“What did Reeves do then, Doris?”
"He went upstairs, and I went into the kitchen with a message for cook."
I kept trying to think.
"Did you set* anyone else downstairs or in the halls, Doris?”
She said, “No. miss,” but I wasn’t sure she was telling the truth. She looked frightened.
“How did you happen to come into the nursery wing?” “Mrs. Gaunt wanted to see Mr. Devaney, miss.” She shivered. “That was how I saw it.”
“Yes,” I said.
SOMEHOW, almost like second sight, I could see the accomplishment of that murder. Our conversation overheard; the decision swiftly made; the descent to the lower floor for the purpose of ringing the library bell; the slow unhurried climbing of the stairs to the upper floor, perhaps meeting Reeves on the way; the lying in wait; the waiting until the butler had passed and then the final stroke delivered; the secret leaving of the scene.
I shivered a little. Planned as it must have been on the spur of the moment, it had been flawlessly, daringly executed. There had been no hesitation, no bungling. Doris’ tongue was loosened. She wanted to talk.
"Who do you think did it, miss?" she asked in a thick whisper.
I my head. "1 don’t know.”
She leaned forward confidentially.
“I'll tell you who I think it was. I think it was that explorer.”
“Mr. O’Neill?” At that moment, such a notion seemed ridiculous and 1 laughed. “It ’s up to the jxilice to find out who did it. Doris. I )on't you think you’d better go and see if you can't help Mrs. Gaunt?”
“I’m afraid to go through the halls,” she half whispered. “I'll go with you." I said.
I was afraid myself, but determined not to show it. I left her at Lisa Gaunt’s and went on downstairs and out into the sunshine, where Bill Griggs lounged against a bricked pillar and watched Bobby being a train. I called him over and told him what had happened as briefly as jxissible. He was shocked.
“Yeah, but ” he said slowly. "Well. 1 guess Johnny was right. Whoever it is means business." And then, "Poor Reeves. He was a guy.”
Which seemed a gcxxi enough epitaph for anyone. 1 told him what Peter had said, and he nodded and patted his hip pocket.
“Okay. And you can tell Johnny if you get a chance that his orders still go with me shoot first and ask questions afterward. There ain't nobody going to get close enough to me to stick a knife in my gizzard."
I said I hojxxl not. It was time for me to go in but I lingered. It was far pleasanter outside. In the warmth of the sunshine, you could forget the black ugliness of murder.
“Bill,” I asked, “did anyone come out of the house oh. say, twenty minutes ago?”
He looked at me suspiciously.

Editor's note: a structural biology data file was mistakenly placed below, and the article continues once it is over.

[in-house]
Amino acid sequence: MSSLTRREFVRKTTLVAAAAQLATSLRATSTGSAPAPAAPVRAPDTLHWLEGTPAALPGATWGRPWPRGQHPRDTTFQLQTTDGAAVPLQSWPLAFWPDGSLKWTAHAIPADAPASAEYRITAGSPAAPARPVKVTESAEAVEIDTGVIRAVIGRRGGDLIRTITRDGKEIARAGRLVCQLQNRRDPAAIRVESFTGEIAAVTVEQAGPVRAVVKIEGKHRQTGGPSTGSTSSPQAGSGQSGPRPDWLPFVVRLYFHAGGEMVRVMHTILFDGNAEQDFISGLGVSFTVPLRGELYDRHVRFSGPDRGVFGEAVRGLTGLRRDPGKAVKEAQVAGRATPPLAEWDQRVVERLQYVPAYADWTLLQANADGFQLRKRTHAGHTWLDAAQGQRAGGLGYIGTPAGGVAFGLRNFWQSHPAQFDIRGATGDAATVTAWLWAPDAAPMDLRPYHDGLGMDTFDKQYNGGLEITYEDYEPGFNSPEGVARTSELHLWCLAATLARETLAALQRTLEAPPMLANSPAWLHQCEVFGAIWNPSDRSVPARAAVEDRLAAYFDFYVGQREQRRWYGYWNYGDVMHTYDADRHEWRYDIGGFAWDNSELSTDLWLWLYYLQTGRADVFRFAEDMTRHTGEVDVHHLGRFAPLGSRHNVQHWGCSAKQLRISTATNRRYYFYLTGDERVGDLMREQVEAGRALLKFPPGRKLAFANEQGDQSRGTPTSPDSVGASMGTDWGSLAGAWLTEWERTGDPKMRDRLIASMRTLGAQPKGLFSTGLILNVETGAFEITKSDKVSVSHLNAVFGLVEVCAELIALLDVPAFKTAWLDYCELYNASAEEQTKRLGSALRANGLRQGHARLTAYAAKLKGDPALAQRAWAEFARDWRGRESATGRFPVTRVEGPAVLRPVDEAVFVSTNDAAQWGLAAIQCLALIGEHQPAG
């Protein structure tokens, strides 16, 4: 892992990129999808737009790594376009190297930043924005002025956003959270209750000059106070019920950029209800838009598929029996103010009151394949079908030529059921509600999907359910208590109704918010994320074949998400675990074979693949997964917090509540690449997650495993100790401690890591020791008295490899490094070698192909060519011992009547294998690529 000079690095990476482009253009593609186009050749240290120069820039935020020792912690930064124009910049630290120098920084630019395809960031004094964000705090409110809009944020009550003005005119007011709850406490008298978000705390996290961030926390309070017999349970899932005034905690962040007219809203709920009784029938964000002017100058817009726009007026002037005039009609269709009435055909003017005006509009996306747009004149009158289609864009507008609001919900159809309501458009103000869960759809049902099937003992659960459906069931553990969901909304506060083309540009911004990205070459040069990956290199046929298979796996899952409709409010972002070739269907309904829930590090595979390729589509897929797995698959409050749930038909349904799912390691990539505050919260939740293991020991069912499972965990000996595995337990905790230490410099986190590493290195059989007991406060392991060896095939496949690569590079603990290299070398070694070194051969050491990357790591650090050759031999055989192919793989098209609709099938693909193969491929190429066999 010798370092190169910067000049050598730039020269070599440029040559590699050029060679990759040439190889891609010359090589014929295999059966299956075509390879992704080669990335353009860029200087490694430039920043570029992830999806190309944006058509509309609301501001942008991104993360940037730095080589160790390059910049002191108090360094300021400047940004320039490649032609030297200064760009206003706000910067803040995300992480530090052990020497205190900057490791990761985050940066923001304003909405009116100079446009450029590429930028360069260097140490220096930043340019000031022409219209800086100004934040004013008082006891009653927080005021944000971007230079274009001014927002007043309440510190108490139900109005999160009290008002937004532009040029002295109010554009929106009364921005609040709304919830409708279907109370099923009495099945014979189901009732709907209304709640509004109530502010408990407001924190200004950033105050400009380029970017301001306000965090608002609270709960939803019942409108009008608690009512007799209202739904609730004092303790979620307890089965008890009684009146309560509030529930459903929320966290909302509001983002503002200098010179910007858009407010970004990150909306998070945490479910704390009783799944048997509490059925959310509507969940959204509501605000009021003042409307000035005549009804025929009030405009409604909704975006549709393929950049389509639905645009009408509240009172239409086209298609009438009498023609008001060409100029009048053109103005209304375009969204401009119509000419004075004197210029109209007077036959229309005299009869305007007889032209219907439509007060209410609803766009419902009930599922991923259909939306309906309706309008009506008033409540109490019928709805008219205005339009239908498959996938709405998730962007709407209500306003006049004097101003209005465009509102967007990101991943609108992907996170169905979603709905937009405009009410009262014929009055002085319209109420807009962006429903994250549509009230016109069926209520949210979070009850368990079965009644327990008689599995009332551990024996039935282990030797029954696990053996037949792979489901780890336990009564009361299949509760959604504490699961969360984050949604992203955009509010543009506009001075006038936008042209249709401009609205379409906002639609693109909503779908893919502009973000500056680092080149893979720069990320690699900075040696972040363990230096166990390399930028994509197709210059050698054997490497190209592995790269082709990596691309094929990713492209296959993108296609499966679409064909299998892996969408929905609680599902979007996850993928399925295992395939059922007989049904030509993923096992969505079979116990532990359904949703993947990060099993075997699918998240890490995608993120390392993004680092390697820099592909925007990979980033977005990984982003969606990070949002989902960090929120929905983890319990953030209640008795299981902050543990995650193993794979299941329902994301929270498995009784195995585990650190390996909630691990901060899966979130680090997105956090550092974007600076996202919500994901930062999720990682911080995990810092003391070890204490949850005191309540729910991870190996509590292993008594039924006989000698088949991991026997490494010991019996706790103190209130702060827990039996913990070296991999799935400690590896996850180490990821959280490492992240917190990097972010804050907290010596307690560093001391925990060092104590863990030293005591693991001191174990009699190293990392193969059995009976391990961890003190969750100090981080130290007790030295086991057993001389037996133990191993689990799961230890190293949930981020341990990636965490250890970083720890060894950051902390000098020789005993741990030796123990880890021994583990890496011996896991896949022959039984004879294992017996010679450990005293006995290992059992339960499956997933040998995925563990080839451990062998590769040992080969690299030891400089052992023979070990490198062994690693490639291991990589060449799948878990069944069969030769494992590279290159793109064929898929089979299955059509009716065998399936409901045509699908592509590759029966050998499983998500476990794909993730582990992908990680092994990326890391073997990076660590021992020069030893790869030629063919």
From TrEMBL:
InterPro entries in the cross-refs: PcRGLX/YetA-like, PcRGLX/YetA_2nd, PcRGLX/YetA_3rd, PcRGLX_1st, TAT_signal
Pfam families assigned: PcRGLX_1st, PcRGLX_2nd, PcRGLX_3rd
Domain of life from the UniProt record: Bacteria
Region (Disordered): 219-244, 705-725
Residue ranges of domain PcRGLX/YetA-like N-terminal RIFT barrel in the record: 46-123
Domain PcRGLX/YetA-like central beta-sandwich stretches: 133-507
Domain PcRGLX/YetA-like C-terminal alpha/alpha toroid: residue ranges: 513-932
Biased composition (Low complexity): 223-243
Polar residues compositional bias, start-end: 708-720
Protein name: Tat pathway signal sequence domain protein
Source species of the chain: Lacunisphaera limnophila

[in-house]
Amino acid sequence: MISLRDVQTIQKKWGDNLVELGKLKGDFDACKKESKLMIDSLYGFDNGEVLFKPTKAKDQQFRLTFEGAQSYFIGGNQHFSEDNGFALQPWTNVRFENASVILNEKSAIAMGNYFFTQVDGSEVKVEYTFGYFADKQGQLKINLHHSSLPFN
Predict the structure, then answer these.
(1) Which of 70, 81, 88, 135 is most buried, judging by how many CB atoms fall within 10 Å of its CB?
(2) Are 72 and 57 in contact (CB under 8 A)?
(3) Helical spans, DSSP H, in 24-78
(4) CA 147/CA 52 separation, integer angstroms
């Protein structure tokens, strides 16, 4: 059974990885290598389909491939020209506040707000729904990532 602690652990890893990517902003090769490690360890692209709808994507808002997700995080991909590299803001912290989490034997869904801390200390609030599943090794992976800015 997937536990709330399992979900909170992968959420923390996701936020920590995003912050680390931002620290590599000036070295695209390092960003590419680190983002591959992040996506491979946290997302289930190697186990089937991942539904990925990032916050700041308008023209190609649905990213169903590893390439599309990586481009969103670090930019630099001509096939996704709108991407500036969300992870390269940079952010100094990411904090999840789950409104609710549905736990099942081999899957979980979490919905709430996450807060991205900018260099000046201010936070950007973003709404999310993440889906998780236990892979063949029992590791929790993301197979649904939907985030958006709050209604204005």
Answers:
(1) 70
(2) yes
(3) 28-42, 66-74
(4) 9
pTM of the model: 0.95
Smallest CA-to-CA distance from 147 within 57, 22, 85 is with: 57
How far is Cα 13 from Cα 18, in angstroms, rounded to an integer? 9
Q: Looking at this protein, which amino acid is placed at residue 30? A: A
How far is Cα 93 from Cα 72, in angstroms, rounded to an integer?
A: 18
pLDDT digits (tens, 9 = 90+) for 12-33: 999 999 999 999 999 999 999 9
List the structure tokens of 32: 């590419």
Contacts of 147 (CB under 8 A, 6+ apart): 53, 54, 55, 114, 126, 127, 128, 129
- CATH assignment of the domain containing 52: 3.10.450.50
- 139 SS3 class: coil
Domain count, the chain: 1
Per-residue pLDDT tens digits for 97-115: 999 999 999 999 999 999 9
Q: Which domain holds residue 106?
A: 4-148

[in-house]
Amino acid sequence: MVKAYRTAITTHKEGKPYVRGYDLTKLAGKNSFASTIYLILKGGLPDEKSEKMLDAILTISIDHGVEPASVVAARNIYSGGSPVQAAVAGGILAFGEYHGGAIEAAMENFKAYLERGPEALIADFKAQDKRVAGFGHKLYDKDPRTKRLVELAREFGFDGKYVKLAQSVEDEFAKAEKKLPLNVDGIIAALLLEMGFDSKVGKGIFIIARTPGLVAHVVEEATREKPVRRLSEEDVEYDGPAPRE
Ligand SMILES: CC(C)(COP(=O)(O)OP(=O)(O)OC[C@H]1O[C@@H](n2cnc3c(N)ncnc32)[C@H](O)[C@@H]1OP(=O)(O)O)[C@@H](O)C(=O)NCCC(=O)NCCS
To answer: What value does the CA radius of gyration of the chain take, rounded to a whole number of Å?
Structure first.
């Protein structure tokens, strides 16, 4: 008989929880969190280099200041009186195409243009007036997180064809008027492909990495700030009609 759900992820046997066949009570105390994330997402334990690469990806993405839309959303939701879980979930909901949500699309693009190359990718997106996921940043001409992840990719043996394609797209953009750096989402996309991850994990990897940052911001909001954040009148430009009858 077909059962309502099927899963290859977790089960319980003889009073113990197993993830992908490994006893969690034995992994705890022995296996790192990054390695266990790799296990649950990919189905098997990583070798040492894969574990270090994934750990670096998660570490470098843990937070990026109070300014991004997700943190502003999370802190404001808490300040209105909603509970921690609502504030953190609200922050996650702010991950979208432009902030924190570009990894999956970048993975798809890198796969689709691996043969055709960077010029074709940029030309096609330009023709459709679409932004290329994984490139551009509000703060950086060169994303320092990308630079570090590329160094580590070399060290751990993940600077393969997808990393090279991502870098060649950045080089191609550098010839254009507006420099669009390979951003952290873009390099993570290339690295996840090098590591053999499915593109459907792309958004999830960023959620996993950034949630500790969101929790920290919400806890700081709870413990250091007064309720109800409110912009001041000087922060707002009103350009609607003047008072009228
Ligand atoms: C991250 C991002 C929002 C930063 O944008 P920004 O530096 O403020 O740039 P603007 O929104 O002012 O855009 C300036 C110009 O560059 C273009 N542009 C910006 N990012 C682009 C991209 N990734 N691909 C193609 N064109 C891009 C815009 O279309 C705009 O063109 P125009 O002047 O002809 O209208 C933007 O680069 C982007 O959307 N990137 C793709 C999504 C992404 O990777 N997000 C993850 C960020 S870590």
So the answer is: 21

“What are you getting at?”
“Nothing,” I said lamely. “I just wondered.”
“There's half a dozen ways out of this dump,” he grumbled, “and the whole bunch has been running in and out all afternoon.”
“I suppose so,” I said. I felt dejecter!.
After a minute, I went back into the house. I found that everyone, with the exception of John Gaunt and Peter, had gathered in the hall to await the arrival of the police. For all the warmth outside, the hall seemed dark and chilly. A fire had been lighted in the fireplace and Lisa Gaunt sat close to it.
“Haven’t the police come yet?” she asked jxitulantly as I came in.
I said. “No.” but almost immediately there was a knock on the front No one moved so strong is habit until with a muttered imprecation Gordon Curran remembered that there was no one now to open the door for us and went himself. At the same instant John Gaunt aime down the stairs.
Continued on page 20
Continued from page 17
“Colonel Truax?” he asked. “I am John Gaunt.”
THERE were four of the police the colonel, the medical examiner and two others. Bill Griggs afterward told us that two more constables were stationed, one at the front of the house and one at the back.
Colonel Truax was a tall, straight, soldierly looking man. He shook hands with John Gaunt and then the little procession went up the staircase, all except one policeman who remained immobile by the front door. Gordon Curran returned morosely to the fire.
“I'm getting tired of this,” he said to no one in particular. "Of what?” Lisa Gaunt asked. "Nothing’s happened yet.”
"That’s the trouble. It’s this blasted sitting around and waiting.”
"Where is Mr. Devaney?” Mrs. Carver asked. There was a malicious something in her eyes as she looked at me that made me uneasy.
“Upstairs,” I said.
“He isn't the one who did it, is he?”
“Certainly not!” I’m afraid I sounded as snappish as I felt.
The old lady fixed me with her unwinking gaze.
“How do you know he didn’t?” she asked triumphantly. “Because I was with him when he found the body. We came into the house together just before five.”
It was at this moment that Nicholas Carver strolled into the hall, and I was surprised to find that I hadn’t missed him before. He saw the policeman at the door and blanched.
"What’s that guy doing here?” he asked in a husky whisper.
I stood closest to him. When no one else offered an explanation, I told him. In some queer fashion, I sensed that he was relieved at the news.
“Who did it?”
I shook my head.
His quick eyes took in the room. “Where’s that Devaney guy?”
I did not answer. I did not intend to discuss Peter with anyone else.
“Stop being an idiot, Nick,” Lisa Gaunt ordered, “and for heaven’s Rake, if you haven't got a story that’ll pass the police, make one up. will you?”
He turned sullen. “They can’t pin nothing on me.”
She looked at him coldly. “I hope not.”
He growled inarticulately. “What’s the chance for a drink?”